7. Interpreting the Scale 271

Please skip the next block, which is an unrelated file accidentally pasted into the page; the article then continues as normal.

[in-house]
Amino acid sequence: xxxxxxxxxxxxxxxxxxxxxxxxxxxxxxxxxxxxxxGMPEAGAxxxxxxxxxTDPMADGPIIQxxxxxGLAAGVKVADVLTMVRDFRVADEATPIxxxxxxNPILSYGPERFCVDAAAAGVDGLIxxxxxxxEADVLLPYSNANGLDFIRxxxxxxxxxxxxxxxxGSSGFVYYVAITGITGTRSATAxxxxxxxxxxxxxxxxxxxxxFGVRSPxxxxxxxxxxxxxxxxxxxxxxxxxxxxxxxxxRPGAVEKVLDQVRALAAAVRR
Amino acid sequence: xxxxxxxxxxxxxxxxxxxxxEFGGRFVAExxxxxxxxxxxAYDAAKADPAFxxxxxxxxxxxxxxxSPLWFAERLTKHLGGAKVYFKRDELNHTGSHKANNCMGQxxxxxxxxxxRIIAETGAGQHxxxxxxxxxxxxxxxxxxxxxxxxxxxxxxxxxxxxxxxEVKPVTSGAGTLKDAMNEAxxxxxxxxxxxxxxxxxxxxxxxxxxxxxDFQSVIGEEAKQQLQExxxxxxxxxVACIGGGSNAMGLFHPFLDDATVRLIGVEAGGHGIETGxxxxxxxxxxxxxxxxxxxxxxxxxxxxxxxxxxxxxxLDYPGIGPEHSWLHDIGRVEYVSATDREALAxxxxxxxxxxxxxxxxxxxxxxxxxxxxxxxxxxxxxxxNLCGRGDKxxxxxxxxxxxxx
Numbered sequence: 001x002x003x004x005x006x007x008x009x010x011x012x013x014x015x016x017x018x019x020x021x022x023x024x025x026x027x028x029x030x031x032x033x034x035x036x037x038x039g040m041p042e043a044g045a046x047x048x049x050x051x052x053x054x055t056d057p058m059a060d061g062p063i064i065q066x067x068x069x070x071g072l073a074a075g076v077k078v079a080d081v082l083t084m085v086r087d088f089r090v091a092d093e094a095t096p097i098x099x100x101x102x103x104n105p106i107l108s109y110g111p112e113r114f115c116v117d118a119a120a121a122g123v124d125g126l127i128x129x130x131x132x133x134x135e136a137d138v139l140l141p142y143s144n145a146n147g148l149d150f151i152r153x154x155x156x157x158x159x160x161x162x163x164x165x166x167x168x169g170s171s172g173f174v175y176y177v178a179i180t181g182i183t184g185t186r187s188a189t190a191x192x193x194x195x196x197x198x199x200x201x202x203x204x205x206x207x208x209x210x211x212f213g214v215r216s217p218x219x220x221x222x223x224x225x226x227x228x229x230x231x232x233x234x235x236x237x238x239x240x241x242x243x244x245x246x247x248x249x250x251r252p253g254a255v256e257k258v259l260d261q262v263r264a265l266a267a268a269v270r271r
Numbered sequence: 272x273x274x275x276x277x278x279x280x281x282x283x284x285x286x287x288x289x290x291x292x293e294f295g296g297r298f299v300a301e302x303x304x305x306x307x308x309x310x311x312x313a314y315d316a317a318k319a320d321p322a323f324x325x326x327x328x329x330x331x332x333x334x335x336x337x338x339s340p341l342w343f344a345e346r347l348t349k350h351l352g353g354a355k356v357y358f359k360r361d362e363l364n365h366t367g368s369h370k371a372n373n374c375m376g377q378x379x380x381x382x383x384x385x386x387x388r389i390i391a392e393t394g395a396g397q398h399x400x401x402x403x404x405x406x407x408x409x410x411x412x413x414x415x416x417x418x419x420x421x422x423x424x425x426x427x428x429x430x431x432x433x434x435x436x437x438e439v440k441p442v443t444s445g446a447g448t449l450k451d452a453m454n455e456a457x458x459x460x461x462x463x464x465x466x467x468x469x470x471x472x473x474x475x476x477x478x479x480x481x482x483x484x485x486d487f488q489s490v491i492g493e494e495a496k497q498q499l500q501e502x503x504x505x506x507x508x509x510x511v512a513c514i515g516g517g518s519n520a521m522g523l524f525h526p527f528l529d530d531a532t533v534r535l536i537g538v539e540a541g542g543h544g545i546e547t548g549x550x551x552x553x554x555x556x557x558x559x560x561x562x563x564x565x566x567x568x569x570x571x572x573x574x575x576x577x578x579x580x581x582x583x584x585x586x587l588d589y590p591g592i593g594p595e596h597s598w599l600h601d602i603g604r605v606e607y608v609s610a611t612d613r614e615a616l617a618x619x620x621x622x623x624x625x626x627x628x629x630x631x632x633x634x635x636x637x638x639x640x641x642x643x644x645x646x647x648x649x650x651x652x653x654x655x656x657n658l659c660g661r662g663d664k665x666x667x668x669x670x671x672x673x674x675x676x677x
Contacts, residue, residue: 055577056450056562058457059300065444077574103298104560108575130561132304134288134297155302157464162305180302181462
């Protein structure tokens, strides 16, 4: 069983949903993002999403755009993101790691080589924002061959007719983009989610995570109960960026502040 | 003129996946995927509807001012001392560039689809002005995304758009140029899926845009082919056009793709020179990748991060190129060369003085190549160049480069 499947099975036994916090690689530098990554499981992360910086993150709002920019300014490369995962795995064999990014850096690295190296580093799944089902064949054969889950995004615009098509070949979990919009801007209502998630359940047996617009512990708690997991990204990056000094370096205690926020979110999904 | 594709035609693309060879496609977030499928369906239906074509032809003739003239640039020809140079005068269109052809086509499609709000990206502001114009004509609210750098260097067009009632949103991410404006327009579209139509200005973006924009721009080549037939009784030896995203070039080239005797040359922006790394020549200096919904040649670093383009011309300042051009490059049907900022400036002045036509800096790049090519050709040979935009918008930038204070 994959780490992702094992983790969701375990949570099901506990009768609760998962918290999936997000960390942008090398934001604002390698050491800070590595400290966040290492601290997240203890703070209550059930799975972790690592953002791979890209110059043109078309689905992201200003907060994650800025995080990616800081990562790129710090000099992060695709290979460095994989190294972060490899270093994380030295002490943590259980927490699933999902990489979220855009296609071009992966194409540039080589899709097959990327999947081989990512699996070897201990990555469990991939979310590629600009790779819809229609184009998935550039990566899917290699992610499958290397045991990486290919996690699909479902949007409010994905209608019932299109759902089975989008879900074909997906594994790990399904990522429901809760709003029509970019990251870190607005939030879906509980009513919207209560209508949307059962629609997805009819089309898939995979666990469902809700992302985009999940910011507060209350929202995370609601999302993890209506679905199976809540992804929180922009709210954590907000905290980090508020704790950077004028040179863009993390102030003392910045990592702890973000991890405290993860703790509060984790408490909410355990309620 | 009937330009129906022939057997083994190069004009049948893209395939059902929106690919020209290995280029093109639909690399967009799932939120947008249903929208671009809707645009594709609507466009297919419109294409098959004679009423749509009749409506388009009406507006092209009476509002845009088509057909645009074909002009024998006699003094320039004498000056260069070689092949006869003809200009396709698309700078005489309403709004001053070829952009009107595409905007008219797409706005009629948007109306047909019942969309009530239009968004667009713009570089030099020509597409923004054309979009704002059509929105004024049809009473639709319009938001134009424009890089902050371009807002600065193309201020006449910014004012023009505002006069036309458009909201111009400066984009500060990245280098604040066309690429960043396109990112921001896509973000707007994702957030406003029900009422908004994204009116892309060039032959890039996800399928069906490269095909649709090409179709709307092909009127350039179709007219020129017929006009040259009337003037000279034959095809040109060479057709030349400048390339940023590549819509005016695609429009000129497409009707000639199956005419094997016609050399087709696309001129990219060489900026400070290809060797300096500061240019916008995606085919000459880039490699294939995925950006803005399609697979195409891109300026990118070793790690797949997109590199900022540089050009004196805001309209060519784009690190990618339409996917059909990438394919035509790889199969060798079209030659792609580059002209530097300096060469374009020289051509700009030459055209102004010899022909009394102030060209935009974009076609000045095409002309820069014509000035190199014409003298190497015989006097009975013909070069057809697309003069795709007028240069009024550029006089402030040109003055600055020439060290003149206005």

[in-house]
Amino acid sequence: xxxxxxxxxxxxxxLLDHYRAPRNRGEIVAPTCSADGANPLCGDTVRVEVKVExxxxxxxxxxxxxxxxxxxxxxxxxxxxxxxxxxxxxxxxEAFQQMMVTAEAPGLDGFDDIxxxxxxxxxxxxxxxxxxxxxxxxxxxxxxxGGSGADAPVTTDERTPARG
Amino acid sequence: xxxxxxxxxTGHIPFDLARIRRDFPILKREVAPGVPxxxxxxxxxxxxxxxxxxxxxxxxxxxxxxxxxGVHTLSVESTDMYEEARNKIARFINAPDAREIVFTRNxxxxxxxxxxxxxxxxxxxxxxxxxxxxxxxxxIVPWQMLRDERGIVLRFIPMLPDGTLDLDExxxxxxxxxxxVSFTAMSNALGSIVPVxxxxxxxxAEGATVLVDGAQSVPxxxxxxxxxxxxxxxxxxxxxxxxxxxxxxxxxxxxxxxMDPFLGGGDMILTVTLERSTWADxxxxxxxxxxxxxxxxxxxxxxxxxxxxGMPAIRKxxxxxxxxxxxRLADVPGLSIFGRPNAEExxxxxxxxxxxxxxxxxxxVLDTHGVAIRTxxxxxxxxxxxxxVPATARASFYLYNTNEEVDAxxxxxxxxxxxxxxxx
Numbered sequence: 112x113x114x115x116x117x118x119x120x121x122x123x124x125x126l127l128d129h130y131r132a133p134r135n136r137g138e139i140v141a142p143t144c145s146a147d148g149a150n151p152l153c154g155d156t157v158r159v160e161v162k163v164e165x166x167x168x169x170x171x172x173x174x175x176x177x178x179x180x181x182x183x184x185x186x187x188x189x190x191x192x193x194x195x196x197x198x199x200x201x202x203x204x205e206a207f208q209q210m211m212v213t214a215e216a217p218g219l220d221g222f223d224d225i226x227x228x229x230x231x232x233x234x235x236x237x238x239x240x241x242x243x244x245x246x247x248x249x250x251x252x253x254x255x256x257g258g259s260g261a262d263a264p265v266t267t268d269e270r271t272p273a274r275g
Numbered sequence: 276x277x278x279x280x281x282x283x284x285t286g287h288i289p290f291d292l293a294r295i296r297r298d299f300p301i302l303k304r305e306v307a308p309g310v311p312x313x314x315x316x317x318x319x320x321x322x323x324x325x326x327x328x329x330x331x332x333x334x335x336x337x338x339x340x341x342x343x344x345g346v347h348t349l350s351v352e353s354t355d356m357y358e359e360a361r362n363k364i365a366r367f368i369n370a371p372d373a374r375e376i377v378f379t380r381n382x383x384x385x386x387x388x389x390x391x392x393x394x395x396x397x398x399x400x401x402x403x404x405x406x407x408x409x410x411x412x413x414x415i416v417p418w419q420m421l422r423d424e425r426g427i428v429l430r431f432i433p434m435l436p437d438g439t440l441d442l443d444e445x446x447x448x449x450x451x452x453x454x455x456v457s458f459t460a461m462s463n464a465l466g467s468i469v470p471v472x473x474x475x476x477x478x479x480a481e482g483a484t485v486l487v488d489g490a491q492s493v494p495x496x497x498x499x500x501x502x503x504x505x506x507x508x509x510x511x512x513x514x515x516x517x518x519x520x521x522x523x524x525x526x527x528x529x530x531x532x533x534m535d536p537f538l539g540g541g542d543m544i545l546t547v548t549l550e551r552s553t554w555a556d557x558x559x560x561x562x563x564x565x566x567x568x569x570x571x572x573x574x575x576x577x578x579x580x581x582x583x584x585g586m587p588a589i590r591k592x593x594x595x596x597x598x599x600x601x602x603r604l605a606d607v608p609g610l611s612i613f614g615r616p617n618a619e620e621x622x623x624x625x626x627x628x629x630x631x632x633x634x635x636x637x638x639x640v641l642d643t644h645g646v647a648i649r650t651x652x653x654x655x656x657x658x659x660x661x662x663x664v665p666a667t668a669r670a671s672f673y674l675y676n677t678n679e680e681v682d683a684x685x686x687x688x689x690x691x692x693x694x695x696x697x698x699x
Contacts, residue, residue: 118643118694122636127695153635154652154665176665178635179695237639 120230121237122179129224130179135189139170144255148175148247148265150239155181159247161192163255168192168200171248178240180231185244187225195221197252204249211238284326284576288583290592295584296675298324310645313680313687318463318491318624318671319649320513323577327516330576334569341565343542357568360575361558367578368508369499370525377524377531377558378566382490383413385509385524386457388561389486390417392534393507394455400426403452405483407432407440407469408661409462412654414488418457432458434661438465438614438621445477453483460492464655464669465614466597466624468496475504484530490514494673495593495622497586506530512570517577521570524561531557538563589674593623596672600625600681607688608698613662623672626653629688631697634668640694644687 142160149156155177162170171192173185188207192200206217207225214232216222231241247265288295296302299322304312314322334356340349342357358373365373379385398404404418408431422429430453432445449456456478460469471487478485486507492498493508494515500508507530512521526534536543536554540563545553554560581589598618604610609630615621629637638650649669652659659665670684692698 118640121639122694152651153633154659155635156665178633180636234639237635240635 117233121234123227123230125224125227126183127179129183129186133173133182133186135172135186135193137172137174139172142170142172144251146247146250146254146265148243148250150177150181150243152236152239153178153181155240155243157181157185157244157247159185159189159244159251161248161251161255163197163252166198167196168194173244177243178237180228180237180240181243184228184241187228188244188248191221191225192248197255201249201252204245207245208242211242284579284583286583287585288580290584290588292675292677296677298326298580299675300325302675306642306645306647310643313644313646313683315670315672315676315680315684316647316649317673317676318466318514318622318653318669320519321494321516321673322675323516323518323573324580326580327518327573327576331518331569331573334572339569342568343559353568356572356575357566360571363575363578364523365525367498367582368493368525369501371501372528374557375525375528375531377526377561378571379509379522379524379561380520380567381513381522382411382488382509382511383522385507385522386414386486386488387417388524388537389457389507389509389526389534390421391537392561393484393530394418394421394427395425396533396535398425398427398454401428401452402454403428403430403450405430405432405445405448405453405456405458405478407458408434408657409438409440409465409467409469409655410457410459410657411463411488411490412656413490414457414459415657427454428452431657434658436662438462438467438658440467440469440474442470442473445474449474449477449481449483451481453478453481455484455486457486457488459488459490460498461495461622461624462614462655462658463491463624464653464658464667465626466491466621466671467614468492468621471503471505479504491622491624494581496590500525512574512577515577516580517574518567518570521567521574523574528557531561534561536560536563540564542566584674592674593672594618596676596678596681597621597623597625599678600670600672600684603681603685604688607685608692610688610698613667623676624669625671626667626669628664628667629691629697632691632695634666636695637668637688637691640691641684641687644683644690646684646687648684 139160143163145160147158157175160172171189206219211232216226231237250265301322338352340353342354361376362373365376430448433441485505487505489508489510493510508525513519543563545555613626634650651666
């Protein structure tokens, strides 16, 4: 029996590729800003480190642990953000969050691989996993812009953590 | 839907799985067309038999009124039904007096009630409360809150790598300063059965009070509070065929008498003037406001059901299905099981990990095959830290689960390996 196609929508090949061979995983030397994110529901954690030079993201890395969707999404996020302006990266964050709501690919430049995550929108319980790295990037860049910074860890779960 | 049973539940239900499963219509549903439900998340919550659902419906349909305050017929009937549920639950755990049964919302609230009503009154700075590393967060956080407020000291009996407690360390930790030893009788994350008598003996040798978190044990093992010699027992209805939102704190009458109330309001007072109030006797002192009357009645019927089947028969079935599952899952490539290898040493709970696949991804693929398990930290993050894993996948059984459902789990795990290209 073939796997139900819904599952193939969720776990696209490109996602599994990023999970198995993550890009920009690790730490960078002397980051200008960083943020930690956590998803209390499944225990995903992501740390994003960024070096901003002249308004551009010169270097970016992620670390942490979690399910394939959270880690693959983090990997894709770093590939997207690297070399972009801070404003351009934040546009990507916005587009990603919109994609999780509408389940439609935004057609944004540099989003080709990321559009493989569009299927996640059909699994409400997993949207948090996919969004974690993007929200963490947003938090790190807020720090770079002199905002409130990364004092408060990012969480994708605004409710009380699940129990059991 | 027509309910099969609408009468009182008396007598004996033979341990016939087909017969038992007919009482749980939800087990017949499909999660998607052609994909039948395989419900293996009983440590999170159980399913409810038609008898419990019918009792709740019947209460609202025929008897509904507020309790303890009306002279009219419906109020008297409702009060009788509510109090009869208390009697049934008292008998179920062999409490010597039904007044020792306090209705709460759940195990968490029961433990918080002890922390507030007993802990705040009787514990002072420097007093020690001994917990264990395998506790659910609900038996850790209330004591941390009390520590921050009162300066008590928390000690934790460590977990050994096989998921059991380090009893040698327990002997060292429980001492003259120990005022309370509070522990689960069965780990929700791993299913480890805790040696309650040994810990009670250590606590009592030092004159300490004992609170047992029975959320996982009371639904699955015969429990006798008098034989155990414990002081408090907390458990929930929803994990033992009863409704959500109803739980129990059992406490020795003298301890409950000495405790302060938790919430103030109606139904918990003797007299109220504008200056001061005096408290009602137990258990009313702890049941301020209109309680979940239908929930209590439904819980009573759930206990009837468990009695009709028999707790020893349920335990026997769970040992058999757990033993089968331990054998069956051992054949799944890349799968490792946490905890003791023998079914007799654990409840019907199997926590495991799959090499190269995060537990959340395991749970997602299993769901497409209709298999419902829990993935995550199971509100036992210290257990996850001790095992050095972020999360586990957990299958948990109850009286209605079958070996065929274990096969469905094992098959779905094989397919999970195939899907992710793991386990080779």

7 Interpreting the Scale 212 descriptors had now been calibrated to estimated difficulties on a common logit scale running from -5.68 to 4.68. Having successfully con- structed a scale of items, the next step was to investigate it firstly in order to check that it indeed made sense, that similar content was calibrated in a co- herent fashion, and secondly in order to present it in a form in which it could be meaningful to other users. In effect this meant dividing the scale up into a number of bands or levels, which in turn involved setting cut-off points, and then seeing (a) whether those levels had coherent content (b) whether progress up the scale in each category was logical. Setting Cut-offs between Levels The number of levels or strata which can be identified in a set of data is connected to the question of reliability. Pollitt explains a calculation with Table 7.1: Reliability and the Number of Strata in Data r Pollitt 1991 Fisher 1992 Bands Distinct Strata 0.98 9 0.97 8 0.96 10.1 7 0.94 5 0.90 6.3 4 0.80 4.3 3 0.70 2 0.50 1 which one can derive the decision capability from any test (or rating) from its reliability coefficient (Pollitt 1991: 90). Fisher (1992) offers similar in- formation and his table and Pollitt's compare as in Table 7.1. 272 The Development of a Common Framework S.-ale oJLmguage Profldenry The reliability statistic for the full integrated analysis (simulated Cronbach Alpha) was 0.97, which, according to Pollitt...
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